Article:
Avoid unpleasant surprises before you buy
Once your offer to purchase a home has been accepted by the seller, buyers will typically have 10 days (longer if specified in the contract) to complete a home inspection.
The home inspection is a crucial element of any home purchase and is the best way to avoid unpleasant surprises before you buy. After all, even if a house looks like it’s in great condition, appearances can sometimes be deceiving.
Education is another great reason for getting an inspection. Most buyers want to learn as much as they can about their purchase so they can protect their investment. Don’t be afraid to follow the home inspector around, or ask questions. Good home inspectors are happy to share their knowledge and educate the would-be homeowner. Expect to pay between $300 and $500 for your inspection.
What does the home inspector look for?
Your inspector will identify apparent defects, problems that require immediate attention, and potential issues that might arise down the road. While not all inclusive, here’s a basic list of items the home inspector will evaluate:
- Structure: Is the house foundation solid? Are there cracks or separations in floors or walls?
- Roof: Are there cracked, missing or damaged roof tiles, shingles, flashing, and fascia, all of which can result in leaks; loose gutters; defects in chimneys or skylights?
- Exterior: Are there cracks in siding, rot, or decay; is there cracking or flaking masonry; cracks in stucco; dents or bowing in vinyl; blistering or flaking paint; is there adequate clearing between siding, stucco and earth?
- Window, doors, trim: Are windows and doors in good working condition, frames are secure and without rot, caulking is solid and secure, and glass is undamaged?
- Interior rooms: Are walls leaning; are there signs of faulty framing; or stained walls, ceilings or baseboards that could point to roof or plumbing leaks?
- HVAC: Is the HVAC system operating in both heating and cooling mode, what is the age of the system, and does temperature output from vents meet manufacturers recommendation?
- Kitchen: Do range hood fans vent to the outside; do ground fault circuit interrupter (GFCI) protection exist for electrical outlets; are there leaks under the sink; do appliances operate properly?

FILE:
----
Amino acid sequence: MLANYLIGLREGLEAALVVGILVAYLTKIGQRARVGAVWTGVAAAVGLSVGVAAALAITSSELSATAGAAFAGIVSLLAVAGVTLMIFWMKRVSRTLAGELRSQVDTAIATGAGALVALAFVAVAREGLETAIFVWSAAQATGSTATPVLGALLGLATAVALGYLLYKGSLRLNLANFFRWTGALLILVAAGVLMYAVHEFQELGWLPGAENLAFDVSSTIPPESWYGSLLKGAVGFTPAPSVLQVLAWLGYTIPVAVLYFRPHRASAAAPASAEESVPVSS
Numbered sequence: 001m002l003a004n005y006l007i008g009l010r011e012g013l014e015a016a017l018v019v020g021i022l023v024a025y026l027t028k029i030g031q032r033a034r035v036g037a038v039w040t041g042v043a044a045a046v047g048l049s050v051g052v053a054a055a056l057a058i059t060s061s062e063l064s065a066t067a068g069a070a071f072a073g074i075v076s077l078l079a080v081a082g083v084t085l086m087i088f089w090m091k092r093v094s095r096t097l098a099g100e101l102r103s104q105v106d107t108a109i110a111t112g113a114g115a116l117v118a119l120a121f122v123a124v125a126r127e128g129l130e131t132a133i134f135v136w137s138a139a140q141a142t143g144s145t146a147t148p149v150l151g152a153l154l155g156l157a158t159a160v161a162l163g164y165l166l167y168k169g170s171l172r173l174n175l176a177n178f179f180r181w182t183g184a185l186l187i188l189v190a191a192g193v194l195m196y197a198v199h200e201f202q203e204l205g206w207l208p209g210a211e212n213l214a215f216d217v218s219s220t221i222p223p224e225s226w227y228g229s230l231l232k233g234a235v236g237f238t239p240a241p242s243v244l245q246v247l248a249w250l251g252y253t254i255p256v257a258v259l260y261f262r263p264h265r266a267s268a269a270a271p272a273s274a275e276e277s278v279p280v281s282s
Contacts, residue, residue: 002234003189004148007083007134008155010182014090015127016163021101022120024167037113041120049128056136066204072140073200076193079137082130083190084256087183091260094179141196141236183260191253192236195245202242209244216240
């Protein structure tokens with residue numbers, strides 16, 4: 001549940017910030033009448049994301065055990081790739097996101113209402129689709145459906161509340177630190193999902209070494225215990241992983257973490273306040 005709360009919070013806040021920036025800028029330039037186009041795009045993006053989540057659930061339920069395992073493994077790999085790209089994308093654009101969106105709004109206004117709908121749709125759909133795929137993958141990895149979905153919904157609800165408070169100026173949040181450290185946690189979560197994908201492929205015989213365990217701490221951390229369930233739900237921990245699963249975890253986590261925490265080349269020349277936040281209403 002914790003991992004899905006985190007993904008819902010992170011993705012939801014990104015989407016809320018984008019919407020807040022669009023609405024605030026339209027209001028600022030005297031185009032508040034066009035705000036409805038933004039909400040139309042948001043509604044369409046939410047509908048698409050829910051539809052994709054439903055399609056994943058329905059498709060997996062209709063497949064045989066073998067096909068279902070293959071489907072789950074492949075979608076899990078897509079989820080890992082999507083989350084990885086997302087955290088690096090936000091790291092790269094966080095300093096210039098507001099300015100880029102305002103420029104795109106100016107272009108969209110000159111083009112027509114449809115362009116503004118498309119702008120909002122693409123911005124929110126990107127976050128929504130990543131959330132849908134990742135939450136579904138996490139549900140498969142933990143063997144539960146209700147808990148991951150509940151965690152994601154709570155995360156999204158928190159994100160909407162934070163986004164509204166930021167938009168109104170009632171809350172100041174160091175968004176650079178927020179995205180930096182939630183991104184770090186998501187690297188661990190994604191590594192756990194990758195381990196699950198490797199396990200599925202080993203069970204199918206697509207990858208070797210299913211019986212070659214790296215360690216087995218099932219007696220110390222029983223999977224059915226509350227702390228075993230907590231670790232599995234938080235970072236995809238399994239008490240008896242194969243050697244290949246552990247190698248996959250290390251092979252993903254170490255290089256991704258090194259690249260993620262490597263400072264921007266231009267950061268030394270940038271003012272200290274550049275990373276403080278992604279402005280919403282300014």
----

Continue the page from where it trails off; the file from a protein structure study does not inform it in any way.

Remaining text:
- Bathrooms: Are toilets flushing, drains draining, showers spraying, and tubs securely fastened? Are there signs of mold?
- Plumbing: Inspectors are evaluating pipes, drains, water heaters, and water pressure and temperature.
- Electrical: Is wiring and electrical panels in good shape; are breakers tripping; do light switches and outlets function properly?
- Grounds: Are there signs of current or future water issues such as standing puddles, faulty grading or downspouts, or leaks in landscape watering lines?
In most cases, results are available immediately and the home inspector will review his or her findings with you and alert you to any costly or potentially hazardous conditions. A detailed, written report, including photographs, will typically follow within 24 hours.
A common misconception is that the seller should repair or rectify every defect found in the home inspection. Keep in mind that, unless you’re buying new construction, you are not buying a new home. In fact, your Arizona purchase contract states “Buyer and Seller agree the Premises are being sold in its present physical condition as of the date of contract acceptance.”
So, does this mean you’re locked into buying the home if the inspection reveals some major flaws or costly repairs or improvements? Absolutely not!
By default, your purchase is contingent on a home inspection. If major problems are found during the inspection, you can back out of the deal. If repairs are warranted, you can usually negotiate a resolution with the seller, and if not, still cancel the contract and receive the return of your earnest money. Your buyer’s agent will explain those options and timelines in more detail.
Know that your inspection may identify minor repairs or cosmetic defects that were “apparent” when you viewed the home before making an offer — those defects should be considered in the price you agreed to pay for the home. The scope of negotiating repairs, therefore, should focus on defects that were not visible or apparent to the untrained eye, and discovered only after being examined by a qualified inspector.
Keep in mind that in many resale homes, some of the home’s mechanics may be aging, but as long as they are still operational, it is not reasonable for the buyer to ask or expect the seller to perform upgrades. Instead, purchasing or negotiating a home warranty will help defray the cost of unexpected repairs after closing.